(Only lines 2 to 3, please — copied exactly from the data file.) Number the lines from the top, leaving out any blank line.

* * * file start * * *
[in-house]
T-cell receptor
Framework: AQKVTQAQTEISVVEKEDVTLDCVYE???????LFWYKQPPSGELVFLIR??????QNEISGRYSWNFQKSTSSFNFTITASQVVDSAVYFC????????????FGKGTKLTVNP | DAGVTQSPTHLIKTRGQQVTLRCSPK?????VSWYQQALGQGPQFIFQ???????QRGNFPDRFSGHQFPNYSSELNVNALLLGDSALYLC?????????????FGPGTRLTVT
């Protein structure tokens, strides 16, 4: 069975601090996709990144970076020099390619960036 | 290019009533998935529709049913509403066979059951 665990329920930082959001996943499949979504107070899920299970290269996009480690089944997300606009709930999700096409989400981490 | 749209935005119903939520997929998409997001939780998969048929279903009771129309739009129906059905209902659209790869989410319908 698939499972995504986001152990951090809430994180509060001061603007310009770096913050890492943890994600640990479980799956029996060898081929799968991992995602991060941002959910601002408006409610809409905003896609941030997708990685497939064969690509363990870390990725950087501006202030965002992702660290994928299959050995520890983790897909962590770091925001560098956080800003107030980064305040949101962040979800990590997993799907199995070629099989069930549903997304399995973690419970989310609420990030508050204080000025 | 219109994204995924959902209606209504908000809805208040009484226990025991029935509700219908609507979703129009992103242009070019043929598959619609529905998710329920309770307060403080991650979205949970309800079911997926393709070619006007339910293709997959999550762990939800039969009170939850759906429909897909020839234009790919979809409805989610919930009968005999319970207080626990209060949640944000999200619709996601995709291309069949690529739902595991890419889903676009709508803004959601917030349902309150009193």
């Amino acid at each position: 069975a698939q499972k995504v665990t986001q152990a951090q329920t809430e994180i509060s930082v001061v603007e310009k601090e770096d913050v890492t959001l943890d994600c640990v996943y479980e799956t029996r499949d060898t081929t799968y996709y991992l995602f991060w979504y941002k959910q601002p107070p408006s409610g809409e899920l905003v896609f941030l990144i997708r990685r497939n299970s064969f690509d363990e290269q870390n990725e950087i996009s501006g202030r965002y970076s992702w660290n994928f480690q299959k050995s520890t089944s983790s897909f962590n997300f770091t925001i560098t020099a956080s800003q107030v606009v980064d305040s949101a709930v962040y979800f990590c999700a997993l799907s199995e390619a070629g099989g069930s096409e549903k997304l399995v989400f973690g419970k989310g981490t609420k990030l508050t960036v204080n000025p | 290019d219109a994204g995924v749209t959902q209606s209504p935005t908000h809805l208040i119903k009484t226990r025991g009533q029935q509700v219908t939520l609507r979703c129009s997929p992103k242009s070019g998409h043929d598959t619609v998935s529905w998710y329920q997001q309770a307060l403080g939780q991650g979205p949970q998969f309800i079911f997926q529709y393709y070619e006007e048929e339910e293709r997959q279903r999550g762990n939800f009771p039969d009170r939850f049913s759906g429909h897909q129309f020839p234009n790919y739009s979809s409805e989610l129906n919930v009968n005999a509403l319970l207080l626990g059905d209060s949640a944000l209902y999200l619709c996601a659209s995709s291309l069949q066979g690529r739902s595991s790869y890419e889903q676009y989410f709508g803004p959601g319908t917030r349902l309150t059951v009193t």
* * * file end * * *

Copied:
T-cell receptor
Framework: AQKVTQAQTEISVVEKEDVTLDCVYE???????LFWYKQPPSGELVFLIR??????QNEISGRYSWNFQKSTSSFNFTITASQVVDSAVYFC????????????FGKGTKLTVNP | DAGVTQSPTHLIKTRGQQVTLRCSPK?????VSWYQQALGQGPQFIFQ???????QRGNFPDRFSGHQFPNYSSELNVNALLLGDSALYLC?????????????FGPGTRLTVT